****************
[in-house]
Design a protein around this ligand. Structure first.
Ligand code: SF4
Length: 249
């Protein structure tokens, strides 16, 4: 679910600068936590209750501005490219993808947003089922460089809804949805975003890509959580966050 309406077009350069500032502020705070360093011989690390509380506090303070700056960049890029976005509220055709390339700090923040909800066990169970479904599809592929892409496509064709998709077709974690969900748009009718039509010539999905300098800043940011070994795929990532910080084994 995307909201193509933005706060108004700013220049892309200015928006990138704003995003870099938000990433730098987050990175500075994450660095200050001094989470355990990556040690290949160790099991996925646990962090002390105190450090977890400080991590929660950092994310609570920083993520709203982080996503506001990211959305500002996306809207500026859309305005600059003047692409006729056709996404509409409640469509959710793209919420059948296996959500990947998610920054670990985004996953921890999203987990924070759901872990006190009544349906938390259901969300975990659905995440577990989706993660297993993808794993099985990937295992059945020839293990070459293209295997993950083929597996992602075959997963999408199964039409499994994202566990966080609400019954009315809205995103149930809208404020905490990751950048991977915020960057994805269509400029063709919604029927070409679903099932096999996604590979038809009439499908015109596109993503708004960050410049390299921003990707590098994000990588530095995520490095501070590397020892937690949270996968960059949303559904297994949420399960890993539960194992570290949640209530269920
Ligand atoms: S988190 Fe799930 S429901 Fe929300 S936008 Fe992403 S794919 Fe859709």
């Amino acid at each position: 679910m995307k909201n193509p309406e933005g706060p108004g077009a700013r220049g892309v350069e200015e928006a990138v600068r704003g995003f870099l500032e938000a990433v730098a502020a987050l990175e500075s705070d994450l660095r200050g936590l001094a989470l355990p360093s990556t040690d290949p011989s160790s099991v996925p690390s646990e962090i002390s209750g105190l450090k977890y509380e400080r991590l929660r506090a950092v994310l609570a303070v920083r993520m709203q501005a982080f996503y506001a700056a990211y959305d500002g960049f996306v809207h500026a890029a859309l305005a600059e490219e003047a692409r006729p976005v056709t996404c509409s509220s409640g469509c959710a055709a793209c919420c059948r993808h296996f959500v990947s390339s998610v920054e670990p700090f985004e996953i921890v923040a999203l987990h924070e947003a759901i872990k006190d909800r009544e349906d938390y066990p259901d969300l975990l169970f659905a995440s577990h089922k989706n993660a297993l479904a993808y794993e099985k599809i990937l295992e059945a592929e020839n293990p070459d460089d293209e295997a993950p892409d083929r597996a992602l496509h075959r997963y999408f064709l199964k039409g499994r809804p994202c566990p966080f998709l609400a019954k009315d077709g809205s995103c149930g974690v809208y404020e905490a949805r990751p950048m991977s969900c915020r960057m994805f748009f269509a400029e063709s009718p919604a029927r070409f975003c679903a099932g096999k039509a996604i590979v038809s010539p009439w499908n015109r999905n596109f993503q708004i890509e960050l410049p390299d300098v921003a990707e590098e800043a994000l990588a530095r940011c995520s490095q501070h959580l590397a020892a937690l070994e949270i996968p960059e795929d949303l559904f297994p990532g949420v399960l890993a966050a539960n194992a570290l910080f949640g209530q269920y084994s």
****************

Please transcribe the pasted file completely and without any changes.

[in-house]
Design a protein around this ligand. Structure first.
Ligand code: SF4
Length: 249
């Protein structure tokens, strides 16, 4: 679910600068936590209750501005490219993808947003089922460089809804949805975003890509959580966050 309406077009350069500032502020705070360093011989690390509380506090303070700056960049890029976005509220055709390339700090923040909800066990169970479904599809592929892409496509064709998709077709974690969900748009009718039509010539999905300098800043940011070994795929990532910080084994 995307909201193509933005706060108004700013220049892309200015928006990138704003995003870099938000990433730098987050990175500075994450660095200050001094989470355990990556040690290949160790099991996925646990962090002390105190450090977890400080991590929660950092994310609570920083993520709203982080996503506001990211959305500002996306809207500026859309305005600059003047692409006729056709996404509409409640469509959710793209919420059948296996959500990947998610920054670990985004996953921890999203987990924070759901872990006190009544349906938390259901969300975990659905995440577990989706993660297993993808794993099985990937295992059945020839293990070459293209295997993950083929597996992602075959997963999408199964039409499994994202566990966080609400019954009315809205995103149930809208404020905490990751950048991977915020960057994805269509400029063709919604029927070409679903099932096999996604590979038809009439499908015109596109993503708004960050410049390299921003990707590098994000990588530095995520490095501070590397020892937690949270996968960059949303559904297994949420399960890993539960194992570290949640209530269920
Ligand atoms: S988190 Fe799930 S429901 Fe929300 S936008 Fe992403 S794919 Fe859709």
């Amino acid at each position: 679910m995307k909201n193509p309406e933005g706060p108004g077009a700013r220049g892309v350069e200015e928006a990138v600068r704003g995003f870099l500032e938000a990433v730098a502020a987050l990175e500075s705070d994450l660095r200050g936590l001094a989470l355990p360093s990556t040690d290949p011989s160790s099991v996925p690390s646990e962090i002390s209750g105190l450090k977890y509380e400080r991590l929660r506090a950092v994310l609570a303070v920083r993520m709203q501005a982080f996503y506001a700056a990211y959305d500002g960049f996306v809207h500026a890029a859309l305005a600059e490219e003047a692409r006729p976005v056709t996404c509409s509220s409640g469509c959710a055709a793209c919420c059948r993808h296996f959500v990947s390339s998610v920054e670990p700090f985004e996953i921890v923040a999203l987990h924070e947003a759901i872990k006190d909800r009544e349906d938390y066990p259901d969300l975990l169970f659905a995440s577990h089922k989706n993660a297993l479904a993808y794993e099985k599809i990937l295992e059945a592929e020839n293990p070459d460089d293209e295997a993950p892409d083929r597996a992602l496509h075959r997963y999408f064709l199964k039409g499994r809804p994202c566990p966080f998709l609400a019954k009315d077709g809205s995103c149930g974690v809208y404020e905490a949805r990751p950048m991977s969900c915020r960057m994805f748009f269509a400029e063709s009718p919604a029927r070409f975003c679903a099932g096999k039509a996604i590979v038809s010539p009439w499908n015109r999905n596109f993503q708004i890509e960050l410049p390299d300098v921003a990707e590098e800043a994000l990588a530095r940011c995520s490095q501070h959580l590397a020892a937690l070994e949270i996968p960059e795929d949303l559904f297994p990532g949420v399960l890993a966050a539960n194992a570290l910080f949640g209530q269920y084994s």